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CLOE History

The UCL Centre for Life’s Origins and Evolution - CLOE - was launched in November 2017 with the aim of uniting the existing diverse strengths in research across the study of evolutionary biology. CLOE was founded by Prof Max Telford, Prof Anjali Goswami and Prof Nick Lane as an interdisciplinary hub gathering evolutionary biologists, paleontologists and even chemists who study fossils, computer algorithms, plant herbarium specimens or embryos, as a means to reconstruct and understand the pattern of evolution across the tree of life. The founding director CLOE is Prof Max Telford. 

entrance_to_biological_sciences_building_gower_street

Since the foundation of UCL, research in and around the Darwin building (built on the site of Darwin’s own house) has been instrumental in laying the foundations of modern evolutionary biology.

JBS Haldane

John Maynard Smith

Gavin De Beer

The labs that line Gower Street have hosted various giants of evolutionary biology including JBS HaldaneRA FisherGavin De BeerJZ YoungJohn Maynard Smith and George Price. This tradition continues today with world-class research carried out in the Department of Genetics, Evolution & Environment, and extending across multiple other departments. UCL has one of the strongest and most diverse groups of evolutionary biologists in any UK university.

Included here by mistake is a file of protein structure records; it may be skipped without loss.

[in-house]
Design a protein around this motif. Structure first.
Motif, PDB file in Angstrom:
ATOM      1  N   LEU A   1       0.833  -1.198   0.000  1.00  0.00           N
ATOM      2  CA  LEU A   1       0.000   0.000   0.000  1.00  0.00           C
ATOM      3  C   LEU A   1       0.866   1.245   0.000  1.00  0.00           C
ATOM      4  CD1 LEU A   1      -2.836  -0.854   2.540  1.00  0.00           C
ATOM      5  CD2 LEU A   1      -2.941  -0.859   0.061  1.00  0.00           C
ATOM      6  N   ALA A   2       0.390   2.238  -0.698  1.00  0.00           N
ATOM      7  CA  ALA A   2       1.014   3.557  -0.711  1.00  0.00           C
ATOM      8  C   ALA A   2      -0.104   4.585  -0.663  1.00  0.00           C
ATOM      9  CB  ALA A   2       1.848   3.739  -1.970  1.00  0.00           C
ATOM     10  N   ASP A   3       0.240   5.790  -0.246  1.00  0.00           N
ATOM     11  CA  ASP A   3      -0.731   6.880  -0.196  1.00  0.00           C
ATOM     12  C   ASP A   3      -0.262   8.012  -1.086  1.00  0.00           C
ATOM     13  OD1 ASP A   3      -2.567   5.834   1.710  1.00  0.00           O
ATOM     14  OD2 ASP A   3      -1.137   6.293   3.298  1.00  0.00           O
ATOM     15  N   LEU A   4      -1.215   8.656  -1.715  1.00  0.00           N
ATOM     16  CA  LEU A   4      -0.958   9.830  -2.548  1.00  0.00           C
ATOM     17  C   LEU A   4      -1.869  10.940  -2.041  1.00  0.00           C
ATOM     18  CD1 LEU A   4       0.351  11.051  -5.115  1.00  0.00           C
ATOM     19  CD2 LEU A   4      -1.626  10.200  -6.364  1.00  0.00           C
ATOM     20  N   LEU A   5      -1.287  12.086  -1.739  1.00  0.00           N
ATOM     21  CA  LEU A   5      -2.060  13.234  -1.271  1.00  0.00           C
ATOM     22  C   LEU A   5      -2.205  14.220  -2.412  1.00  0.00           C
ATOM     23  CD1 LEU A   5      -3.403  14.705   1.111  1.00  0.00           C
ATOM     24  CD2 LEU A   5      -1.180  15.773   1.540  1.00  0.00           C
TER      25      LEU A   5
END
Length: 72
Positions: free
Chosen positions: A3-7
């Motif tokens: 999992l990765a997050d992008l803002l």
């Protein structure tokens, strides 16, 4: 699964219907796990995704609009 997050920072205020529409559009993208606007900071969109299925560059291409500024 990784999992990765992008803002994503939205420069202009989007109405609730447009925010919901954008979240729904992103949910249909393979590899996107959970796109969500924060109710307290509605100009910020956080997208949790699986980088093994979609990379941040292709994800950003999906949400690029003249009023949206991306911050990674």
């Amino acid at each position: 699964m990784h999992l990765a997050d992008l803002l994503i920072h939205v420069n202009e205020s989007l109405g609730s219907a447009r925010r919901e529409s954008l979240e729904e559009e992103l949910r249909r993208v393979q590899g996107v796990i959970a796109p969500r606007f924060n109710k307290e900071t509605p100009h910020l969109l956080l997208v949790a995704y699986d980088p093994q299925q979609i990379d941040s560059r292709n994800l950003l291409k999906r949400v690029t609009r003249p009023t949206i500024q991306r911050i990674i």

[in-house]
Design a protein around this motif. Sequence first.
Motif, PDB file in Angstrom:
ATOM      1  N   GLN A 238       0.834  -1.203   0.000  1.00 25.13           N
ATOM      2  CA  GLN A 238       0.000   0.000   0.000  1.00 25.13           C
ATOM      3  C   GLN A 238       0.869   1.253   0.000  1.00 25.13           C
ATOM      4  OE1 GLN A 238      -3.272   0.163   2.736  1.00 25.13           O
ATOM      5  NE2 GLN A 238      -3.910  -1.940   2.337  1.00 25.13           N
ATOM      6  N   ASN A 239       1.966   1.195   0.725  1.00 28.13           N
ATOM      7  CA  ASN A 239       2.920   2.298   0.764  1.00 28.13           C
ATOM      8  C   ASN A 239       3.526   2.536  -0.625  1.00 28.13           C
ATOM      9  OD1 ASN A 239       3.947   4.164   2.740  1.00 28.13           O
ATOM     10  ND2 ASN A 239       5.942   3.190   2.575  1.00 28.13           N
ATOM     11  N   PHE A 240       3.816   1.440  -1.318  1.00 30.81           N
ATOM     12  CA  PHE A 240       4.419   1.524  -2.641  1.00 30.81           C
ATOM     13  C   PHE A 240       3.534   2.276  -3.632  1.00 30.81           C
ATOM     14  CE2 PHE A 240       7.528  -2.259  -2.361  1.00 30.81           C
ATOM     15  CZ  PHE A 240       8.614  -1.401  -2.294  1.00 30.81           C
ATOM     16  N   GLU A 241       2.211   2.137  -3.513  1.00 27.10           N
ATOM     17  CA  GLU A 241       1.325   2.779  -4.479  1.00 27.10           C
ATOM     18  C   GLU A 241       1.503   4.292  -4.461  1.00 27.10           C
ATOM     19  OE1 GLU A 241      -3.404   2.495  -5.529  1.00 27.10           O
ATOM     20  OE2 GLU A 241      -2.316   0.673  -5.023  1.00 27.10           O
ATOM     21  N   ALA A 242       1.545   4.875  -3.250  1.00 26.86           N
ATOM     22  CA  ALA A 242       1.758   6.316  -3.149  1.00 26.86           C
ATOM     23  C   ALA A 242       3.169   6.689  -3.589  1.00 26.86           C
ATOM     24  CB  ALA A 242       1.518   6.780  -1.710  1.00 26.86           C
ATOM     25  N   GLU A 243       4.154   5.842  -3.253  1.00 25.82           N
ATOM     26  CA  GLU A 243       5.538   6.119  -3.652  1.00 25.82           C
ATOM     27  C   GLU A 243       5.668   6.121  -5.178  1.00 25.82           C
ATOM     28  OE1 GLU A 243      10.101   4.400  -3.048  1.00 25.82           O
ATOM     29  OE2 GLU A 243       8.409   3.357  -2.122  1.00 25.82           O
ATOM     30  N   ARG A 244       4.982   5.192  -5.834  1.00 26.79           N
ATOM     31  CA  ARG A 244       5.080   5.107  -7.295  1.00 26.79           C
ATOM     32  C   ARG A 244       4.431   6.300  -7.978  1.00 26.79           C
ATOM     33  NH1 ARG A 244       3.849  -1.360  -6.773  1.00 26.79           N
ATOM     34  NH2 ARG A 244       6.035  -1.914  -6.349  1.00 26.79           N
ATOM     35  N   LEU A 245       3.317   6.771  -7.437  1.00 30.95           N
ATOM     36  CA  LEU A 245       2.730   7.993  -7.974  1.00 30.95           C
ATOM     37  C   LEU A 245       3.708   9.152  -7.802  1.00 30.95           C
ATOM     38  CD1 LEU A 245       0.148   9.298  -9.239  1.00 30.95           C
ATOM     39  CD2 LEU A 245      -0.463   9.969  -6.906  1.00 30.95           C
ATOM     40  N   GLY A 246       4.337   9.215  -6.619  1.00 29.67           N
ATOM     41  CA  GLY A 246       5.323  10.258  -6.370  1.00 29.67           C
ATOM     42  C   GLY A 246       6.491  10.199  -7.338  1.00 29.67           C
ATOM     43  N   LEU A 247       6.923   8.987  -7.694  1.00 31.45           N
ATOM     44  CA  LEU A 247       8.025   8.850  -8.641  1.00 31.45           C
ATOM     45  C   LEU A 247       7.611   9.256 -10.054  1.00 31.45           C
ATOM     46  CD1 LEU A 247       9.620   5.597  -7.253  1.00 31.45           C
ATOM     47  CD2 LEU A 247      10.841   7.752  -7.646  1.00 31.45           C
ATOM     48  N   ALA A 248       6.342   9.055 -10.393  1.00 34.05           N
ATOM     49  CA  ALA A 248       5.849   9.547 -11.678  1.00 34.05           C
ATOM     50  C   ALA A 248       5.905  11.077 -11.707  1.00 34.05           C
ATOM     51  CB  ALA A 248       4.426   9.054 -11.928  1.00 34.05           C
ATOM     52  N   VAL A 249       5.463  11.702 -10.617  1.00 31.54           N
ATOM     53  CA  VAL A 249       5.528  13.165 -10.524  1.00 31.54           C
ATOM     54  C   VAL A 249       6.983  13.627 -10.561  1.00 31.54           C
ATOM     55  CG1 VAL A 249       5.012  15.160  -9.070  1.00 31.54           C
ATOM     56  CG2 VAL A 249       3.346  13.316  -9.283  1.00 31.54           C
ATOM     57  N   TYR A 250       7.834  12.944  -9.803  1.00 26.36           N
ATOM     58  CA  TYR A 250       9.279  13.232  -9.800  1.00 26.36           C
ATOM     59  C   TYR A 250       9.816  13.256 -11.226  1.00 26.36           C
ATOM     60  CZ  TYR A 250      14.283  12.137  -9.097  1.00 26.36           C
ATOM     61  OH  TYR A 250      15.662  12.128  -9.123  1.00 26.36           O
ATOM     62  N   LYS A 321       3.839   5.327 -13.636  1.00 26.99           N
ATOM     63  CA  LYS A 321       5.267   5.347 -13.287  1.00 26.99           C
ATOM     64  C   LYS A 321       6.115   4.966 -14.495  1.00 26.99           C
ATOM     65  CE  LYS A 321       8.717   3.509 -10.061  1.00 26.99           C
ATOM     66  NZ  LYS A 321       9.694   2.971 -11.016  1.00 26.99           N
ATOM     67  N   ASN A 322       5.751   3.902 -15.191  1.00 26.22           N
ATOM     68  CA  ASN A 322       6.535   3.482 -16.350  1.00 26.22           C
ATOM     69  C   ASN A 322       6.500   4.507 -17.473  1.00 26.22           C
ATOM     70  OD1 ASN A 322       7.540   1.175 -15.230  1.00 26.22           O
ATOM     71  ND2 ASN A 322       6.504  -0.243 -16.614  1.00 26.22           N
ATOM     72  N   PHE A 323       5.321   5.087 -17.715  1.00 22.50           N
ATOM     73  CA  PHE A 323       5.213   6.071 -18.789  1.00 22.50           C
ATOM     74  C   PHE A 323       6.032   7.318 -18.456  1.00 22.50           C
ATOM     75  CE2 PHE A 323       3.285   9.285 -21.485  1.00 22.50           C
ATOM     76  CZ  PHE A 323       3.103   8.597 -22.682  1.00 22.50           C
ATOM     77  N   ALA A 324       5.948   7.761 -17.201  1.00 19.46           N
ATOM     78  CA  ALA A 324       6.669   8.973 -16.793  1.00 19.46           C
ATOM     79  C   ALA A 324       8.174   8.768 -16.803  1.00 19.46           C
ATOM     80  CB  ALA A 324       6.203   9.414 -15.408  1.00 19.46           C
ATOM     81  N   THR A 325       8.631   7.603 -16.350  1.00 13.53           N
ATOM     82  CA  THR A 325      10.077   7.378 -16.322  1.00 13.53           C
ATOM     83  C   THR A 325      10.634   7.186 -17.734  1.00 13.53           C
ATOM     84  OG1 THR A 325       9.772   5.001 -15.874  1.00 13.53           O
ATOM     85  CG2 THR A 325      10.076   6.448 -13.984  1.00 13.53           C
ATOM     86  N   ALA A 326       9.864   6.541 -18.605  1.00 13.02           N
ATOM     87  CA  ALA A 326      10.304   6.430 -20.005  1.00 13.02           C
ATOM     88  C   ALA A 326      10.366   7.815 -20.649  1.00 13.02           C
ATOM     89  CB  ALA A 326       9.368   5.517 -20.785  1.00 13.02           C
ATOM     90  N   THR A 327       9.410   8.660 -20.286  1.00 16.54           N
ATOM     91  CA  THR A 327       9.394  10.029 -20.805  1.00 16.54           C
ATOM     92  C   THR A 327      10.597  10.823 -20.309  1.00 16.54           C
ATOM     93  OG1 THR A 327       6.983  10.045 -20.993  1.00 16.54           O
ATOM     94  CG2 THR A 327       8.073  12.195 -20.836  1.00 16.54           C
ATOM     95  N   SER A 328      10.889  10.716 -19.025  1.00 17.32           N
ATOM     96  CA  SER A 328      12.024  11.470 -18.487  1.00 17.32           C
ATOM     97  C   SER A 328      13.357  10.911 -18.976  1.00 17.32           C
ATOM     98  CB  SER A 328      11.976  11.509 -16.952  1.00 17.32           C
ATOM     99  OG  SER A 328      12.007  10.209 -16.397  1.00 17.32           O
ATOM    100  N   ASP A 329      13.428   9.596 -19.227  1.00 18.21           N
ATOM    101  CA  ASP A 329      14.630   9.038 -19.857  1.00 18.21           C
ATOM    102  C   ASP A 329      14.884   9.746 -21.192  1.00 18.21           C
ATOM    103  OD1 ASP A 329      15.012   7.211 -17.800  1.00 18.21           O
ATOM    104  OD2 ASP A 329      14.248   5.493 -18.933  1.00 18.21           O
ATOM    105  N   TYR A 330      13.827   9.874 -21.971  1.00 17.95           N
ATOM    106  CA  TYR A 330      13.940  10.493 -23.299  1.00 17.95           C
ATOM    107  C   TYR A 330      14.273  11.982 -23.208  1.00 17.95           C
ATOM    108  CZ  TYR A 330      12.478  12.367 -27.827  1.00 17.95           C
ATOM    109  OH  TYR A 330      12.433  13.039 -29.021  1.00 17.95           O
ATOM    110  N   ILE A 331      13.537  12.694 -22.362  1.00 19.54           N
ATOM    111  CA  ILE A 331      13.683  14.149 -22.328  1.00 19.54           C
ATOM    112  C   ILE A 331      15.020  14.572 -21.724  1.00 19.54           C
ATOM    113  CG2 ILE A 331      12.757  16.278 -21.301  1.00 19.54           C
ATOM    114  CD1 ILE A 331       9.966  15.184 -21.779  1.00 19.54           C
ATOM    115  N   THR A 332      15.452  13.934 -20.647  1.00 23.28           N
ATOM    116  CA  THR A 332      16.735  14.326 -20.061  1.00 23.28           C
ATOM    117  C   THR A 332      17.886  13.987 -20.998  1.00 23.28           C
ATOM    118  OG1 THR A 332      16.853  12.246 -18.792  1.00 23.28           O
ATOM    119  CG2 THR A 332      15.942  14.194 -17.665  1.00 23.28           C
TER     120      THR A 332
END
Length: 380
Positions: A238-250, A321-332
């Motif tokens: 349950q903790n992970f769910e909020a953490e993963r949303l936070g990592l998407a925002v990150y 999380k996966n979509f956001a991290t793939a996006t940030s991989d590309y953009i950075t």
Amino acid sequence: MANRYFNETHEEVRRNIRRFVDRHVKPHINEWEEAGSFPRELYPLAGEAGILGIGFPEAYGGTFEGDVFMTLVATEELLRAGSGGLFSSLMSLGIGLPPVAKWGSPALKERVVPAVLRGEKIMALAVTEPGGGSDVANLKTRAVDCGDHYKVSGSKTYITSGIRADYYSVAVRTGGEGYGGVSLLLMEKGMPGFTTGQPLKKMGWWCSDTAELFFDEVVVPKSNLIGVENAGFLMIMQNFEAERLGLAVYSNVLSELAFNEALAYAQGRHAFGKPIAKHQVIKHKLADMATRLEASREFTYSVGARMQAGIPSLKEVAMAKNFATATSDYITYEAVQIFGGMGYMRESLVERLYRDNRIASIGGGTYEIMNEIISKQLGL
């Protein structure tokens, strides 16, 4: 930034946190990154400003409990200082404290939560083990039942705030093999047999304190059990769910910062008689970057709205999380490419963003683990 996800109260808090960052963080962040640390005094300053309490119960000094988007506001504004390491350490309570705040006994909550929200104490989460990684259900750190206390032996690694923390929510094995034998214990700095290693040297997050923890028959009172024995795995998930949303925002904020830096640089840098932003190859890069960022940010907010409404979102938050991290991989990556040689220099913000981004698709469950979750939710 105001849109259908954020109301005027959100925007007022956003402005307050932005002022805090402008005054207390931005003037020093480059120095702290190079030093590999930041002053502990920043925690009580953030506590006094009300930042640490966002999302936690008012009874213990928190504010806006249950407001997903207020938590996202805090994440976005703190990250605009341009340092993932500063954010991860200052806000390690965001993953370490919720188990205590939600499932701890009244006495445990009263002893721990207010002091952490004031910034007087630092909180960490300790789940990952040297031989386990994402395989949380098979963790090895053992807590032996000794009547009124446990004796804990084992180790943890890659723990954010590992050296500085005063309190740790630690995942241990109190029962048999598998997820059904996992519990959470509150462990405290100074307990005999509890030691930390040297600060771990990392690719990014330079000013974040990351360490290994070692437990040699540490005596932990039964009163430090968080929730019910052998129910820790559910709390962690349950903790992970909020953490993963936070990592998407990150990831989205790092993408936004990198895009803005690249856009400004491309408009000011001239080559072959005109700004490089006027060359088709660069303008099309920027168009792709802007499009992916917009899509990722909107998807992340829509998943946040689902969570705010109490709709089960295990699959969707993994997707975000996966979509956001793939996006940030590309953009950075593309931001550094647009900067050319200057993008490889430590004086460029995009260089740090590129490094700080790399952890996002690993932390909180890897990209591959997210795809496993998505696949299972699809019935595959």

Robert Edmond Grant

Ray Lankester

The organismal tradition at UCL goes back to Robert Edmond Grant who was the first professor of comparative anatomy at UCL and promoted early evolutionary views regarding the unicity of animal body plans. He was the teacher of Charles Darwin in his young years and he left a broad body of work on animal groups such as sponges, corals and sea slugs.

John Zachary Young

Similarly, the focus on deep evolutionary relationships and the search for principles unifying life on earth has been conducted at UCL by many other prominent scientists. Edwin Ray Lankester was a colorful character, an innovative teacher of zoology and an early advocate of science communication and outreach. He helped formulate the nothing of homology in an evolutionary framework and coined the term ‘homoplasy’.

Max Telford

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